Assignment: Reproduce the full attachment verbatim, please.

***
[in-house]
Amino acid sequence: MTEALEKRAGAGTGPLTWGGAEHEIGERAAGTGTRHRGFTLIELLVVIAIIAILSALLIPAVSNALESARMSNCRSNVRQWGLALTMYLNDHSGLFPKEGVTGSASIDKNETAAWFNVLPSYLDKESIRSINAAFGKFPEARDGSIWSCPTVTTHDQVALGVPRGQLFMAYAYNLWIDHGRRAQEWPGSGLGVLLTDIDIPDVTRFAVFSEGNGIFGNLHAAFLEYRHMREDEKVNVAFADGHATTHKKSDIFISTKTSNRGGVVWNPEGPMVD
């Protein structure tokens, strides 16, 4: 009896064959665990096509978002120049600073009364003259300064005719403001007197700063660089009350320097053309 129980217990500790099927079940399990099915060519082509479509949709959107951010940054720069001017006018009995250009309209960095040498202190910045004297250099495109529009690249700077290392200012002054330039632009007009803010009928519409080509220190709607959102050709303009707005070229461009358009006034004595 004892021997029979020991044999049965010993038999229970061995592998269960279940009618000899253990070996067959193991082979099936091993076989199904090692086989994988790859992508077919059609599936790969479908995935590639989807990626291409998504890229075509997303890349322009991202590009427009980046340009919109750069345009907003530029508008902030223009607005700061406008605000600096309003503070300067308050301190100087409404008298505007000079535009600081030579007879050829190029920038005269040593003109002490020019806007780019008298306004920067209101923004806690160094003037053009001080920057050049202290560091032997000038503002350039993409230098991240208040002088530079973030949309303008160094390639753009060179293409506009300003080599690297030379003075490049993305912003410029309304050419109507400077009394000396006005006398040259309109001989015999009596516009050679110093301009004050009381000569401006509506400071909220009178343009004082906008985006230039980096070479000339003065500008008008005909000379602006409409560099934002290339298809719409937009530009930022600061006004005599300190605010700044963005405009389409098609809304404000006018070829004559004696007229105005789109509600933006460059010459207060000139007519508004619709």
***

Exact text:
[in-house]
Amino acid sequence: MTEALEKRAGAGTGPLTWGGAEHEIGERAAGTGTRHRGFTLIELLVVIAIIAILSALLIPAVSNALESARMSNCRSNVRQWGLALTMYLNDHSGLFPKEGVTGSASIDKNETAAWFNVLPSYLDKESIRSINAAFGKFPEARDGSIWSCPTVTTHDQVALGVPRGQLFMAYAYNLWIDHGRRAQEWPGSGLGVLLTDIDIPDVTRFAVFSEGNGIFGNLHAAFLEYRHMREDEKVNVAFADGHATTHKKSDIFISTKTSNRGGVVWNPEGPMVD
């Protein structure tokens, strides 16, 4: 009896064959665990096509978002120049600073009364003259300064005719403001007197700063660089009350320097053309 129980217990500790099927079940399990099915060519082509479509949709959107951010940054720069001017006018009995250009309209960095040498202190910045004297250099495109529009690249700077290392200012002054330039632009007009803010009928519409080509220190709607959102050709303009707005070229461009358009006034004595 004892021997029979020991044999049965010993038999229970061995592998269960279940009618000899253990070996067959193991082979099936091993076989199904090692086989994988790859992508077919059609599936790969479908995935590639989807990626291409998504890229075509997303890349322009991202590009427009980046340009919109750069345009907003530029508008902030223009607005700061406008605000600096309003503070300067308050301190100087409404008298505007000079535009600081030579007879050829190029920038005269040593003109002490020019806007780019008298306004920067209101923004806690160094003037053009001080920057050049202290560091032997000038503002350039993409230098991240208040002088530079973030949309303008160094390639753009060179293409506009300003080599690297030379003075490049993305912003410029309304050419109507400077009394000396006005006398040259309109001989015999009596516009050679110093301009004050009381000569401006509506400071909220009178343009004082906008985006230039980096070479000339003065500008008008005909000379602006409409560099934002290339298809719409937009530009930022600061006004005599300190605010700044963005405009389409098609809304404000006018070829004559004696007229105005789109509600933006460059010459207060000139007519508004619709």